Robert Boyle and the Limits of Reason
In this study of Robert Boyle's epistemology, Jan W. Wojcik reveals the theological context within which Boyle developed his views on reason's limits. After arguing that a correct interpretation of his views on "things above reason" depends upon reading his works in the context of theological controversies in seventeenth-century England, Professor Wojcik details exactly how Boyle's three specific categories of things that transcended reason--the incomprehensible, the inexplicable, and the unsociable--affected his conception of what a natural philosopher could hope to know. Also detailed is Boyle's belief that God deliberately limited the human intellect in order to reserve a full knowledge of both theology and natural philosophy for the afterlife.
What people are saying - Write a review
We haven't found any reviews in the usual places.
Medieval Context and Concepts
The Threat of Socinianism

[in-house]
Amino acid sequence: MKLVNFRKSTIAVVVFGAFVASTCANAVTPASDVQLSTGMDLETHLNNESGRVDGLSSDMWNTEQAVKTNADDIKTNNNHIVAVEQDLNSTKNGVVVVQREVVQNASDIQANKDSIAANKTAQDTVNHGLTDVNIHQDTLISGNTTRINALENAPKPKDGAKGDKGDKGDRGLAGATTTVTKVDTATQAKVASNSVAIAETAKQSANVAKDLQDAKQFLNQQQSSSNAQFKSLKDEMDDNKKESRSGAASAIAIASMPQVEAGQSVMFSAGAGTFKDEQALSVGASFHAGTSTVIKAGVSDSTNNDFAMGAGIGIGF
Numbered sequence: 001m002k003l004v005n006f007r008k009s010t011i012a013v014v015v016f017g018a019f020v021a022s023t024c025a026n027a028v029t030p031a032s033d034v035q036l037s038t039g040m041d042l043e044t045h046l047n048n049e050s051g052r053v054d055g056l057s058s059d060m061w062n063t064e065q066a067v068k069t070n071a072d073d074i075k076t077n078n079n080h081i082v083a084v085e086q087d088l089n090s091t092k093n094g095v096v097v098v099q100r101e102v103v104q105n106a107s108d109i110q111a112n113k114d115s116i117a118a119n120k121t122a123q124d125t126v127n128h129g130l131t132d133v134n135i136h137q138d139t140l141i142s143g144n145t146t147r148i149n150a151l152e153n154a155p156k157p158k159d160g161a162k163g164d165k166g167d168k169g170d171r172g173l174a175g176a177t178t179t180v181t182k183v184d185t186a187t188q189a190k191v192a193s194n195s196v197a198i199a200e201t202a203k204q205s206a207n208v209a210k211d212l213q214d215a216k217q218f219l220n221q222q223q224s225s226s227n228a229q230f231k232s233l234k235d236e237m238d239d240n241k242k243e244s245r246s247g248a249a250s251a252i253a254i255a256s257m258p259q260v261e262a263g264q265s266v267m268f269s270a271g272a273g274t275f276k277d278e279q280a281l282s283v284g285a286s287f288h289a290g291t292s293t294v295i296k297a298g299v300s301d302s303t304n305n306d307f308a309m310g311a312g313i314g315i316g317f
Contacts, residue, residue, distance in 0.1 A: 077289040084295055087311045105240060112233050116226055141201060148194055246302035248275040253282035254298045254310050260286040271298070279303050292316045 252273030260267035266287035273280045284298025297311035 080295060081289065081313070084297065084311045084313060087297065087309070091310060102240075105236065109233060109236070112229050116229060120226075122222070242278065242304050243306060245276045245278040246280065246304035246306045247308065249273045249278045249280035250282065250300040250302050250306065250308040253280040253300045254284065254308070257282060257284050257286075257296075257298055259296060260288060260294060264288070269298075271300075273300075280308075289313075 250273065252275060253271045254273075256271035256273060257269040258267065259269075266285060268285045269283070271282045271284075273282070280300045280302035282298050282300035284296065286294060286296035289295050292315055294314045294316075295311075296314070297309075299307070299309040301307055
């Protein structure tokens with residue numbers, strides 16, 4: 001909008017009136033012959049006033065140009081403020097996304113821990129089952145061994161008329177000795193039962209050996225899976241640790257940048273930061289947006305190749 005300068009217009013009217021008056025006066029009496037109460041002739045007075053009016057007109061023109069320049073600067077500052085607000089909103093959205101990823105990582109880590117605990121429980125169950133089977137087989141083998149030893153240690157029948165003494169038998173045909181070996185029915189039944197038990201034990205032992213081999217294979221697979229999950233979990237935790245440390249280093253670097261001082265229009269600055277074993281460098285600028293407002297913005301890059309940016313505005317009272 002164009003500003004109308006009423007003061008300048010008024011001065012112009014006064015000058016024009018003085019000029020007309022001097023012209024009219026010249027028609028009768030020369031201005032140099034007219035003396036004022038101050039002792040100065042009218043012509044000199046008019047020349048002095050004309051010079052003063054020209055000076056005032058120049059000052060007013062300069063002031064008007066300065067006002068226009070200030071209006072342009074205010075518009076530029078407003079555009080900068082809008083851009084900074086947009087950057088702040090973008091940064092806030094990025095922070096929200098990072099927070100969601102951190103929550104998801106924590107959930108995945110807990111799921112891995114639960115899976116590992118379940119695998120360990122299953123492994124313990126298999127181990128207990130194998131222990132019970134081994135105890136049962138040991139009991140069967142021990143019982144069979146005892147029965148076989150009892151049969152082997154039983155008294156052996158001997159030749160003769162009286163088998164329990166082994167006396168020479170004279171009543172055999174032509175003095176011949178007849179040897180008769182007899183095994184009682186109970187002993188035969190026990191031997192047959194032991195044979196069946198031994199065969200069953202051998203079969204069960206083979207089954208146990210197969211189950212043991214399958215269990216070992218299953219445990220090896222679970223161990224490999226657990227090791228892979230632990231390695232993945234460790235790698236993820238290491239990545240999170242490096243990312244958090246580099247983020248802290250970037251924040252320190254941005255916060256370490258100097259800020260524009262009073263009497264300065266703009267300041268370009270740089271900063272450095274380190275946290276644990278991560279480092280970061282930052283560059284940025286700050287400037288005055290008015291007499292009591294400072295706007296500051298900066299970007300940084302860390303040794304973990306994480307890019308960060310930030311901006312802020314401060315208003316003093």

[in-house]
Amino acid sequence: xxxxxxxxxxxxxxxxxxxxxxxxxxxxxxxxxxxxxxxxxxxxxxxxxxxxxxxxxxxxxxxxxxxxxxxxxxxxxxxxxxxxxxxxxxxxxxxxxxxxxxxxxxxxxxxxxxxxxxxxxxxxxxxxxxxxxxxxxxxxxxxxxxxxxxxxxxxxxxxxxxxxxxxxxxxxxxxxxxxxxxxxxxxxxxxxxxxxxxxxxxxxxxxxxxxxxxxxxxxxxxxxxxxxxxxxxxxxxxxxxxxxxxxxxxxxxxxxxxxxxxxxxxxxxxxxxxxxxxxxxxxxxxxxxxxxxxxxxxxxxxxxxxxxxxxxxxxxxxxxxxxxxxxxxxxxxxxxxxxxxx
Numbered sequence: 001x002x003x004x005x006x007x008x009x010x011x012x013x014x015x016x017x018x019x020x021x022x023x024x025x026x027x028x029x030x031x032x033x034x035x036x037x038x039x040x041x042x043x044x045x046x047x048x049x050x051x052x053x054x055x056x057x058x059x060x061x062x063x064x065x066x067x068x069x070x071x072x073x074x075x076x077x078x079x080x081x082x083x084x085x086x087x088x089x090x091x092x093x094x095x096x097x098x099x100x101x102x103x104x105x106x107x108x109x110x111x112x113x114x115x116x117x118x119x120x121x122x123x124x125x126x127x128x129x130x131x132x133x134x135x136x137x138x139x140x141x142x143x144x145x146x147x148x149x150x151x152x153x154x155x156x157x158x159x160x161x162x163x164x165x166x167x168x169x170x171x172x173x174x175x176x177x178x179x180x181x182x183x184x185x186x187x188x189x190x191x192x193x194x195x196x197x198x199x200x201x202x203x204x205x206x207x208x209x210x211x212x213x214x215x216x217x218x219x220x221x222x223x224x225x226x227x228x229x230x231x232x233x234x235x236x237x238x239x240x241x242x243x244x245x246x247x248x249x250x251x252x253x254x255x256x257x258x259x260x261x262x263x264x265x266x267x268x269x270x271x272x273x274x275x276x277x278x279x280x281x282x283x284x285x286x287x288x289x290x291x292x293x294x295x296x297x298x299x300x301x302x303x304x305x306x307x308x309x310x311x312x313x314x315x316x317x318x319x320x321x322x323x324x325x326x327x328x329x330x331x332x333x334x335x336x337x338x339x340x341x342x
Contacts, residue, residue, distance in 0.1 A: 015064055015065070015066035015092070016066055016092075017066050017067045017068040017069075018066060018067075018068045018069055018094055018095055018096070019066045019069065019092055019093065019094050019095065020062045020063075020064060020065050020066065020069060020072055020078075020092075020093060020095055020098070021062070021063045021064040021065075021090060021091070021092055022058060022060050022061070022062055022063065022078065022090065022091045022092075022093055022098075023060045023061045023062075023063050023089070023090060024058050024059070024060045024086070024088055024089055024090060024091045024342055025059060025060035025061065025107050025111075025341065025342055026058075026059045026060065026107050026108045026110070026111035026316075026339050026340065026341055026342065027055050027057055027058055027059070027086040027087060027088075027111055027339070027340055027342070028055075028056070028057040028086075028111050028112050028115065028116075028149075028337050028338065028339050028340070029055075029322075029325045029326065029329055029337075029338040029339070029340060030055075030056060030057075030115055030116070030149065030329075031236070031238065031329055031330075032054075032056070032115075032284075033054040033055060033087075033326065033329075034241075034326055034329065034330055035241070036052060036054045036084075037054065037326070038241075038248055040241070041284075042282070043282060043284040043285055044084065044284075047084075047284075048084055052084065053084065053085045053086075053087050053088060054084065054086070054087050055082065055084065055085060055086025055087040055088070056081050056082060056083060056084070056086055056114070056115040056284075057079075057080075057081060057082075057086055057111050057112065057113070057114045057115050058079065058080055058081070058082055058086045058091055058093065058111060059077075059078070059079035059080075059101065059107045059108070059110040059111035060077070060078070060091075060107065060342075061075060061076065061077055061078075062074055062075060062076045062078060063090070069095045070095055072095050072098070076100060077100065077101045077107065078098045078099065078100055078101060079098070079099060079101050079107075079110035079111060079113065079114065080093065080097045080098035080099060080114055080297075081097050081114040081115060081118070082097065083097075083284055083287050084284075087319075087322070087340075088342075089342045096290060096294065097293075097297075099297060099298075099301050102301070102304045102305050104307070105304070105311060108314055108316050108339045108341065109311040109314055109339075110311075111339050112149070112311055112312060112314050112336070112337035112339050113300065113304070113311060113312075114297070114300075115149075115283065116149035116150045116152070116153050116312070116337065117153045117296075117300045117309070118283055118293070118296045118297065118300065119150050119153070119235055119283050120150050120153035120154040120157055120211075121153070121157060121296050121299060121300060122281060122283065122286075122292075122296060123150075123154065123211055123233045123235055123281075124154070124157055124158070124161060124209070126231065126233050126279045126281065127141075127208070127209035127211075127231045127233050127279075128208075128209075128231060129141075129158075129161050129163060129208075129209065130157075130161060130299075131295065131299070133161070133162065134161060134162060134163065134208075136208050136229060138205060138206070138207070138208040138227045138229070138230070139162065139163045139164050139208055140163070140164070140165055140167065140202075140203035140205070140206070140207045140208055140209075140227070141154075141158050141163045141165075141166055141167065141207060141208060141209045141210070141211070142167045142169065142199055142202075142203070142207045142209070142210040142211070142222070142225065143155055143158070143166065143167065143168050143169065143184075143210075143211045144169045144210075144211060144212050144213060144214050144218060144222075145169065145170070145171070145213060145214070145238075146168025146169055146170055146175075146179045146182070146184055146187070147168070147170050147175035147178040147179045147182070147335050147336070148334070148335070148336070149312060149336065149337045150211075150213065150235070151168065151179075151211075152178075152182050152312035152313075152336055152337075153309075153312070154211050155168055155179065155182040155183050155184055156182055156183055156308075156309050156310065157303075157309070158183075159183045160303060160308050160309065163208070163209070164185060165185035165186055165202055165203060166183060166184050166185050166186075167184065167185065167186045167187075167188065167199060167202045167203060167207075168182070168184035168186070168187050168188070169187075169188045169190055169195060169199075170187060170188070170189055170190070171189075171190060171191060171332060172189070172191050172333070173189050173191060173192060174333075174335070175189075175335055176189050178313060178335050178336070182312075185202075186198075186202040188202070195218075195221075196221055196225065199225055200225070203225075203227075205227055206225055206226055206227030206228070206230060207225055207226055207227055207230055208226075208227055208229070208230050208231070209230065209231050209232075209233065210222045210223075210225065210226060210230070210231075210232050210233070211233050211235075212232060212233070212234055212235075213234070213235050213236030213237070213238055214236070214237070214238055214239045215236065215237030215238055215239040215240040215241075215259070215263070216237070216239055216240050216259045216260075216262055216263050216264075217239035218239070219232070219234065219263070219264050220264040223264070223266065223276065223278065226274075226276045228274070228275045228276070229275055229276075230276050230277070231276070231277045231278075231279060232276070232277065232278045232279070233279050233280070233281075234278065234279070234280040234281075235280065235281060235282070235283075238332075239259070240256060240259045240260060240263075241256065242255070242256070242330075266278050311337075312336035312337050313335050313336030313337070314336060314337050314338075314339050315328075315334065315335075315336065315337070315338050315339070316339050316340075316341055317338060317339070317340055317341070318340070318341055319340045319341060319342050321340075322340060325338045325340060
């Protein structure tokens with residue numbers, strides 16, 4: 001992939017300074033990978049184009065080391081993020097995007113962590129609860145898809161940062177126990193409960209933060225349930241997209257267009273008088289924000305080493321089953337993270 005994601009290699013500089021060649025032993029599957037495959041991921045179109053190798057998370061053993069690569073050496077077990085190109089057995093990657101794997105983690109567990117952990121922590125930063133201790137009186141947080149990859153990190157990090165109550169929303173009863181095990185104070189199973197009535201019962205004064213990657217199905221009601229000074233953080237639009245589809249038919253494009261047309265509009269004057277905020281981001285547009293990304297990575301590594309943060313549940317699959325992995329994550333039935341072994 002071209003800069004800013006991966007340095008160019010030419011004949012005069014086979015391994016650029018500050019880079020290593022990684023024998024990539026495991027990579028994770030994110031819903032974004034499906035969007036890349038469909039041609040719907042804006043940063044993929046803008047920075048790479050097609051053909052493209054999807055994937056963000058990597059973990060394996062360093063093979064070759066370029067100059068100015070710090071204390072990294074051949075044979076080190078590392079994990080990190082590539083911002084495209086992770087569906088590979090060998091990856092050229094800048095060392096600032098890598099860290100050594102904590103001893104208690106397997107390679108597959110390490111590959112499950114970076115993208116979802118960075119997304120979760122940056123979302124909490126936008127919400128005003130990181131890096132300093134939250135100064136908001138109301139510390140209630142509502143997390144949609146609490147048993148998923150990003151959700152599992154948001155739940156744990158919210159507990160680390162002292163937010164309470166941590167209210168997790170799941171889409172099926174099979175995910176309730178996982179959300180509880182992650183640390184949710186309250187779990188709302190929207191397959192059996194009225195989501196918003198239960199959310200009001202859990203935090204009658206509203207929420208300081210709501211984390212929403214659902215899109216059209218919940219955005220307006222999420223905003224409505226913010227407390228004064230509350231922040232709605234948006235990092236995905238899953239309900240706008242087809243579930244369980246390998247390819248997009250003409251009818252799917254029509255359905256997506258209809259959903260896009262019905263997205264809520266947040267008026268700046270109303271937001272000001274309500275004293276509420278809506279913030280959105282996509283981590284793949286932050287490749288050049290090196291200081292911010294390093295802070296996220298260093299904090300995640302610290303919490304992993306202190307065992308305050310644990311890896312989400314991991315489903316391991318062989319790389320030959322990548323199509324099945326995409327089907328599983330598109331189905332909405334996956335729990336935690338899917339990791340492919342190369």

Theology and the Limits of Reason
Philosophies of Nature and their Theological Implications i2 i
Sources of Knowledge
Advices Alchemy Anglican Appendix to Christian Aquinas argument Arminians Baxter Biddle Boyle believed Boyle Papers Boyle thought Boyle's views Calvinists Cambridge Platonists Cambridge University Press Catechism chapter Christian Virtuoso Chymist claim concerning considered context contradictions contrary to reason controversies corpuscular hypothesis created world Descartes Discourse of Things discussion divine doctrine Edward Stillingfleet emphasis Essay example Excellency of Theology Experimental Natural Philosophy explication faith Ferguson God's prescience Henry Howe's human reason human understanding infinite Intellectual interpretation John Joseph Glanvill knowledge latitudinarians law of noncontradiction limits of human London Mechanical Philosophy Michael Hunter mysteries natural philosophy Notion of Nature Osler Owen passages phenomena predestination prescience Protestant published Racovian Racovian Catechism rational Reason and Religion reason's limits Reconcileableness Reformation rejected resurrection Richard Robert Boyle Robert Boyle Reconsidered Sceptical Chymist scholars Schoolmen Seraphic Love seventeenth Seventeenth-Century England Shapin Socinians soul substantial forms Things above Reason tion true Vindicice voluntarism